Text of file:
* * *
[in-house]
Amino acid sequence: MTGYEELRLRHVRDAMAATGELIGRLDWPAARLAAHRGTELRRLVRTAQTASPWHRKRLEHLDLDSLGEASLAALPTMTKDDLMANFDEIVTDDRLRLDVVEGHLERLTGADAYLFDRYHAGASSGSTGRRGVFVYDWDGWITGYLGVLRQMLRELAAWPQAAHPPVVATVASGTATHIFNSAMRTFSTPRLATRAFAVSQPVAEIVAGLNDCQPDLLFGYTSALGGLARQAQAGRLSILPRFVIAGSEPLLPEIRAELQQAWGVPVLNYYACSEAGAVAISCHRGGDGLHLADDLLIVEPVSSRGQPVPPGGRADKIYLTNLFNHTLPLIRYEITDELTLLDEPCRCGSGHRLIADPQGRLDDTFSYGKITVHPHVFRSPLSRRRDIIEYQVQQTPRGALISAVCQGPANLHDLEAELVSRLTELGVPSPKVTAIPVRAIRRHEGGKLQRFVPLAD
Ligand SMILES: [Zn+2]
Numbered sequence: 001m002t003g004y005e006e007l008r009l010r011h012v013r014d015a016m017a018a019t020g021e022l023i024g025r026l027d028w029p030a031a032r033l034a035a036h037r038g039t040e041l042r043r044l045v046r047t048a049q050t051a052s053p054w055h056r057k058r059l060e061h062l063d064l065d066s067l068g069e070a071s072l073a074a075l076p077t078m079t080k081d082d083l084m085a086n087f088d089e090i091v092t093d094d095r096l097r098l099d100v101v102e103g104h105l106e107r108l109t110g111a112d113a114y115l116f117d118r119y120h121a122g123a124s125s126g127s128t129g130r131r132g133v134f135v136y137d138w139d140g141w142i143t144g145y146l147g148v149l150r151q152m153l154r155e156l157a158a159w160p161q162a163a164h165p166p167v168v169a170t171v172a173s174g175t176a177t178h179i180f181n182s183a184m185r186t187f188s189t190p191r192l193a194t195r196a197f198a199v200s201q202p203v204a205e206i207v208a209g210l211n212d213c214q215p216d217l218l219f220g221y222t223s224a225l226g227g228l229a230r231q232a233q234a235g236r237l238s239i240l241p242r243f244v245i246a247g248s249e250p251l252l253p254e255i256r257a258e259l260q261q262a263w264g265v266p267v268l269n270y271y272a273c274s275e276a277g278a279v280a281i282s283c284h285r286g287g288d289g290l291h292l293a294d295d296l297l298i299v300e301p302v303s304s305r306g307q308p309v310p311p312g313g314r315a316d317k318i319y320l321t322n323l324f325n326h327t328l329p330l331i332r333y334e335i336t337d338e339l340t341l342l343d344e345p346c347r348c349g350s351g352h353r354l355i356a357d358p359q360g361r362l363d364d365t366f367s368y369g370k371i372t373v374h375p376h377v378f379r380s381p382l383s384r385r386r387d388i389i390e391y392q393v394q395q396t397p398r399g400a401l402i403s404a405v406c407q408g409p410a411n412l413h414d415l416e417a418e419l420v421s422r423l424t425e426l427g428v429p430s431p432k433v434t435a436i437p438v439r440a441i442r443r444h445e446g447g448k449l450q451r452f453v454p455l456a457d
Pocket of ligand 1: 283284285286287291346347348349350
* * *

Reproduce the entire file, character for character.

[in-house]
Amino acid sequence: MTGYEELRLRHVRDAMAATGELIGRLDWPAARLAAHRGTELRRLVRTAQTASPWHRKRLEHLDLDSLGEASLAALPTMTKDDLMANFDEIVTDDRLRLDVVEGHLERLTGADAYLFDRYHAGASSGSTGRRGVFVYDWDGWITGYLGVLRQMLRELAAWPQAAHPPVVATVASGTATHIFNSAMRTFSTPRLATRAFAVSQPVAEIVAGLNDCQPDLLFGYTSALGGLARQAQAGRLSILPRFVIAGSEPLLPEIRAELQQAWGVPVLNYYACSEAGAVAISCHRGGDGLHLADDLLIVEPVSSRGQPVPPGGRADKIYLTNLFNHTLPLIRYEITDELTLLDEPCRCGSGHRLIADPQGRLDDTFSYGKITVHPHVFRSPLSRRRDIIEYQVQQTPRGALISAVCQGPANLHDLEAELVSRLTELGVPSPKVTAIPVRAIRRHEGGKLQRFVPLAD
Ligand SMILES: [Zn+2]
Numbered sequence: 001m002t003g004y005e006e007l008r009l010r011h012v013r014d015a016m017a018a019t020g021e022l023i024g025r026l027d028w029p030a031a032r033l034a035a036h037r038g039t040e041l042r043r044l045v046r047t048a049q050t051a052s053p054w055h056r057k058r059l060e061h062l063d064l065d066s067l068g069e070a071s072l073a074a075l076p077t078m079t080k081d082d083l084m085a086n087f088d089e090i091v092t093d094d095r096l097r098l099d100v101v102e103g104h105l106e107r108l109t110g111a112d113a114y115l116f117d118r119y120h121a122g123a124s125s126g127s128t129g130r131r132g133v134f135v136y137d138w139d140g141w142i143t144g145y146l147g148v149l150r151q152m153l154r155e156l157a158a159w160p161q162a163a164h165p166p167v168v169a170t171v172a173s174g175t176a177t178h179i180f181n182s183a184m185r186t187f188s189t190p191r192l193a194t195r196a197f198a199v200s201q202p203v204a205e206i207v208a209g210l211n212d213c214q215p216d217l218l219f220g221y222t223s224a225l226g227g228l229a230r231q232a233q234a235g236r237l238s239i240l241p242r243f244v245i246a247g248s249e250p251l252l253p254e255i256r257a258e259l260q261q262a263w264g265v266p267v268l269n270y271y272a273c274s275e276a277g278a279v280a281i282s283c284h285r286g287g288d289g290l291h292l293a294d295d296l297l298i299v300e301p302v303s304s305r306g307q308p309v310p311p312g313g314r315a316d317k318i319y320l321t322n323l324f325n326h327t328l329p330l331i332r333y334e335i336t337d338e339l340t341l342l343d344e345p346c347r348c349g350s351g352h353r354l355i356a357d358p359q360g361r362l363d364d365t366f367s368y369g370k371i372t373v374h375p376h377v378f379r380s381p382l383s384r385r386r387d388i389i390e391y392q393v394q395q396t397p398r399g400a401l402i403s404a405v406c407q408g409p410a411n412l413h414d415l416e417a418e419l420v421s422r423l424t425e426l427g428v429p430s431p432k433v434t435a436i437p438v439r440a441i442r443r444h445e446g447g448k449l450q451r452f453v454p455l456a457d
Pocket of ligand 1: 283284285286287291346347348349350